$10 after October 22, 2018.
Graduate Student Members: Free.
$60 until October 22, 2018,
$70 after October 22, 2018.
Although walk-ins will be accepted, please register online at www.aps-tn.wildapricot.org in advance to assure adequate food and seating.
If you prefer to pay by check, please mail your payment to:
Scott Swan, PhD
1005 Kenesaw Avenue
Knoxville, TN 37919.
Refunds honored with written/electronic notice at least 24 hours before date of conference. Contact Scott Swan, PhD.
Contact the APS President Joyce Cartor, PhD to negotiate fees, if needed.
Facility is accessible to persons who are physically challenged. Reasonable accommodations will be made for persons requesting them.
Eligible professionals can join APS or renew their membership for the 2018-2019 program year for $80. Scholars can join/renew for $50 and Early-Career Professionals can join/renew for $45. Graduate students may join or renew for $25.
American Psychological Association Approval Statement:
Division 39 is approved by the American Psychological Association to sponsor continuing education for psychologists. Division 39 maintains responsibility for this program and its content.
This program, when attended in its entirety, is available for 3.0 continuing education credits. With full attendance and completion of a program Evaluation and Learning Assessment, a certificate will be issued. Psychologists will have their participation registered through Division 39.
APS and Division 39 are committed to conducting all activities in conformity with the American Psychological Association’s Ethical Principles for Psychologists. APS and Division 39 are also committed to accessibility and non-discrimination in continuing education activities. Participants are asked to be aware of the need for privacy and confidentiality throughout the program. If program content becomes stressful, participants are encouraged to process these feelings during discussion periods.
Selected References/Recommended Reading:
Becker, E, (1973). Denial of death. New York : The Free Press.
Goplen, J. & Plant, E. (2015). A religious worldview: Protecting one's meaning system through religious prejudice. Personality And Social Psychology Bulletin, 41 (11), 1474-1487.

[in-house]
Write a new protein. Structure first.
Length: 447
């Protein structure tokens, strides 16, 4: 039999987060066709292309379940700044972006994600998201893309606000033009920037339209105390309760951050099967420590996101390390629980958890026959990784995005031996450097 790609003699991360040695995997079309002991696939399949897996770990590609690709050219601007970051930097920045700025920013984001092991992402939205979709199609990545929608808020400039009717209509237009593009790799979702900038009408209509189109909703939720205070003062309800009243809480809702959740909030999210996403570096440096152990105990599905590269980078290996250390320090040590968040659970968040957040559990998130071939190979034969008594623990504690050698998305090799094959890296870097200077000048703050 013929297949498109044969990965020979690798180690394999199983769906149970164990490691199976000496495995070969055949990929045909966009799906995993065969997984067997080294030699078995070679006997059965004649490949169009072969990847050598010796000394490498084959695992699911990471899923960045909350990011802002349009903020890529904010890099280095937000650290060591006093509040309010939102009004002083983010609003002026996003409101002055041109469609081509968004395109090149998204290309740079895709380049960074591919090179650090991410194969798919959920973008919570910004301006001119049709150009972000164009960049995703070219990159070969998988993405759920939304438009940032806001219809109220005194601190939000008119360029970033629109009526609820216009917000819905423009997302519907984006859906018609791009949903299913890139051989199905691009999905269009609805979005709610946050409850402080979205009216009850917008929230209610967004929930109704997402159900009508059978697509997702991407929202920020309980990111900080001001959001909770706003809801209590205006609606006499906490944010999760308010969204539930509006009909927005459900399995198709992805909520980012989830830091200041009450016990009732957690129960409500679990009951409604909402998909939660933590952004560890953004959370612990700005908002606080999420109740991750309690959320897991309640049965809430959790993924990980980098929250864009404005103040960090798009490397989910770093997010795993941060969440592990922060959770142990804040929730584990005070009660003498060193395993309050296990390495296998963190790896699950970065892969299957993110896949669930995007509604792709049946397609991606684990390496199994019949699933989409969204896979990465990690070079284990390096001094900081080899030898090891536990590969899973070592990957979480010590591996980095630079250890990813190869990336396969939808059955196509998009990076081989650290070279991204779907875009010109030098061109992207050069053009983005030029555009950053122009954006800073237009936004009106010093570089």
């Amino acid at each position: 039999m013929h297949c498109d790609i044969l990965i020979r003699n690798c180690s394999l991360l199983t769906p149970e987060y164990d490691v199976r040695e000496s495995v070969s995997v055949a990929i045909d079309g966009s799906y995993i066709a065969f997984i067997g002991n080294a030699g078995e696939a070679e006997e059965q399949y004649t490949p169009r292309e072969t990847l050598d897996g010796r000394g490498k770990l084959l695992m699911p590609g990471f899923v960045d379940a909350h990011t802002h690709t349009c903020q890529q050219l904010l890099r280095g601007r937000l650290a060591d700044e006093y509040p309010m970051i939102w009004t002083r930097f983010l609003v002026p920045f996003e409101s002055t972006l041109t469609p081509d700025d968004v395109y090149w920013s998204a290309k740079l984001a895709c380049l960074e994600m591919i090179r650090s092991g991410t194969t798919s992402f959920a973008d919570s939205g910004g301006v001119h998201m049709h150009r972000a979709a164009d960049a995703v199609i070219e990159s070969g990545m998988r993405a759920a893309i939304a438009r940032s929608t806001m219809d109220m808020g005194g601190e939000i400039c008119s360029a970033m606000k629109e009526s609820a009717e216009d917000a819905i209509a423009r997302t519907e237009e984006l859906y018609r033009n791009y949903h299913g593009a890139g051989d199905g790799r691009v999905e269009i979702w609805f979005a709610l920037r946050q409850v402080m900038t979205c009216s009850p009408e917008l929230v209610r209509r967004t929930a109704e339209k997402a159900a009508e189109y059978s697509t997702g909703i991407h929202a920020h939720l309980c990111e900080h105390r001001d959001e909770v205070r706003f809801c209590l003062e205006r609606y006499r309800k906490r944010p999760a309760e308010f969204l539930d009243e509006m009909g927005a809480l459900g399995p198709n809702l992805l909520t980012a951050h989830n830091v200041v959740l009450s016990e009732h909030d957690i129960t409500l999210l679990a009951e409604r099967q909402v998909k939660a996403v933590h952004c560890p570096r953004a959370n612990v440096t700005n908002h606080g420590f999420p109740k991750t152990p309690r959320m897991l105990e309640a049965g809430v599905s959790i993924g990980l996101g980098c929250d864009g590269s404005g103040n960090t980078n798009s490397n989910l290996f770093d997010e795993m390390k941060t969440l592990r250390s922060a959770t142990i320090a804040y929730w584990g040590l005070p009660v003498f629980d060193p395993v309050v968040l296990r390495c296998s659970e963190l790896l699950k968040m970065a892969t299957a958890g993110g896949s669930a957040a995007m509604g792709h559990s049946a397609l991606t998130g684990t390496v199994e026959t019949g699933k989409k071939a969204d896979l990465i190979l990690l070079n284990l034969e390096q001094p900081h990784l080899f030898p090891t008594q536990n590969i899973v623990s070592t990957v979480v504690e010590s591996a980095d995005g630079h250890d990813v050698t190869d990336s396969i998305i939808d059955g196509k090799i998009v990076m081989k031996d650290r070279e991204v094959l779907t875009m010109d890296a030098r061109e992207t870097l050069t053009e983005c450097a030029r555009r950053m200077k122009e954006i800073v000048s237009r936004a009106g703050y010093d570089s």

Lifshin, U., Greenberg, J., Zestcott, C., & Sullivan, D. (2017). The evil animal: A terror management theory perspective on the human tendency to kill animals. Personality and Social Psychology Bulletin, 43(6), 743-757.
Solomon, S.,Greenberg, J., & Pyszczynski, T. (1991). A terror management theory of social behavior: The functions of self-esteem and cultural worldviews. In M. Zanna (Ed.), Advances in experimental social psychology (Vol. 24, pp. 93–159). San Diego, CA: Academic Press.
Tong, E., Deckert, A., Gani, N., Nissim, R., Rydall, A., Hales, S., Rodin, G., & Lo, C. (2016). The meaning of self-reported death anxiety in advanced cancer. Palliative Medicine, 30(8), 772-779.
Vahrmeyer, M., & Cassar, S. (2017). The paradox of finitude in the context of infinitude: Is death denial an essential aspect of being in the world? Existential Analysis: Journal of the Society for Existential Analysis, 28 (1), 151-165.
If participants have special needs, we will attempt to accommodate them. Please address requests, questions, concerns and any complaints to APS President Joyce Cartor, PhD.
There is no commercial support for this program nor are there any relationships between Division 39, APS, presenter, program content, research, grants or other funding sources that could reasonably be construed as conflicts of interest. During the program, the validity/utility of the content and risks/limitations of the approaches discussed will be addressed.